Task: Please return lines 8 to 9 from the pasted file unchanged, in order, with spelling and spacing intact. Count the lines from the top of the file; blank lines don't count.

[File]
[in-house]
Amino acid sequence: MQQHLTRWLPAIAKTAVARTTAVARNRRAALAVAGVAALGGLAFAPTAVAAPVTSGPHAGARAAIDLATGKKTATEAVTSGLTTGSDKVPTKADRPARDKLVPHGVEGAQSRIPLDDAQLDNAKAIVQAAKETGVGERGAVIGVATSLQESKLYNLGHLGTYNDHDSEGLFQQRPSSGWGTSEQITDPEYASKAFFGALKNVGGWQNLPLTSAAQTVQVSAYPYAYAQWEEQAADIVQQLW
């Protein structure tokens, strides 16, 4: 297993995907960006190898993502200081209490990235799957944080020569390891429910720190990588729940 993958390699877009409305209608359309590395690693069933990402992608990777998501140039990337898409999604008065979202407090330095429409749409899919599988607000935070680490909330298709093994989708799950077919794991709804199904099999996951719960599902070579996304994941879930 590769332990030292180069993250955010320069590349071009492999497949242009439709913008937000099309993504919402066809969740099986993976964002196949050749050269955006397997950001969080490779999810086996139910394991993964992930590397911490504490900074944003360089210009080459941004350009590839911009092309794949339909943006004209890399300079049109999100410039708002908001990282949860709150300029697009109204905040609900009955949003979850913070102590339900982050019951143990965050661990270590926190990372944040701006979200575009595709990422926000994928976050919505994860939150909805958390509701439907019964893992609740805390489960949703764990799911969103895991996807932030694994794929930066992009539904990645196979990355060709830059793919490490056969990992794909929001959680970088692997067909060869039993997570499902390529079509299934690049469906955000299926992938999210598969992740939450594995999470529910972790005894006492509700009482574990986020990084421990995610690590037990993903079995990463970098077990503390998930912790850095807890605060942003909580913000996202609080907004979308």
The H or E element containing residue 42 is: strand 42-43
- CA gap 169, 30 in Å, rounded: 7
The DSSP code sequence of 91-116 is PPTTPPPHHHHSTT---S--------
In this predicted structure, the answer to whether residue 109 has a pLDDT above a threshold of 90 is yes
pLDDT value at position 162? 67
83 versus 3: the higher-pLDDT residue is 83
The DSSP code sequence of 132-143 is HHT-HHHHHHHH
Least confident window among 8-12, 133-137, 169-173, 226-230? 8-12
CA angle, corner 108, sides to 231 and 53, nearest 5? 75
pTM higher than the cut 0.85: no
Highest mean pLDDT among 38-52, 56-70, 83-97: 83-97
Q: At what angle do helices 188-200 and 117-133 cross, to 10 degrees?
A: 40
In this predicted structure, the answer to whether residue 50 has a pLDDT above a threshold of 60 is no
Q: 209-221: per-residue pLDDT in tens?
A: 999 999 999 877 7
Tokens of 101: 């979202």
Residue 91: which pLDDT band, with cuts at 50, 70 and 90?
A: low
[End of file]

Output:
pLDDT value at position 162? 67
83 versus 3: the higher-pLDDT residue is 83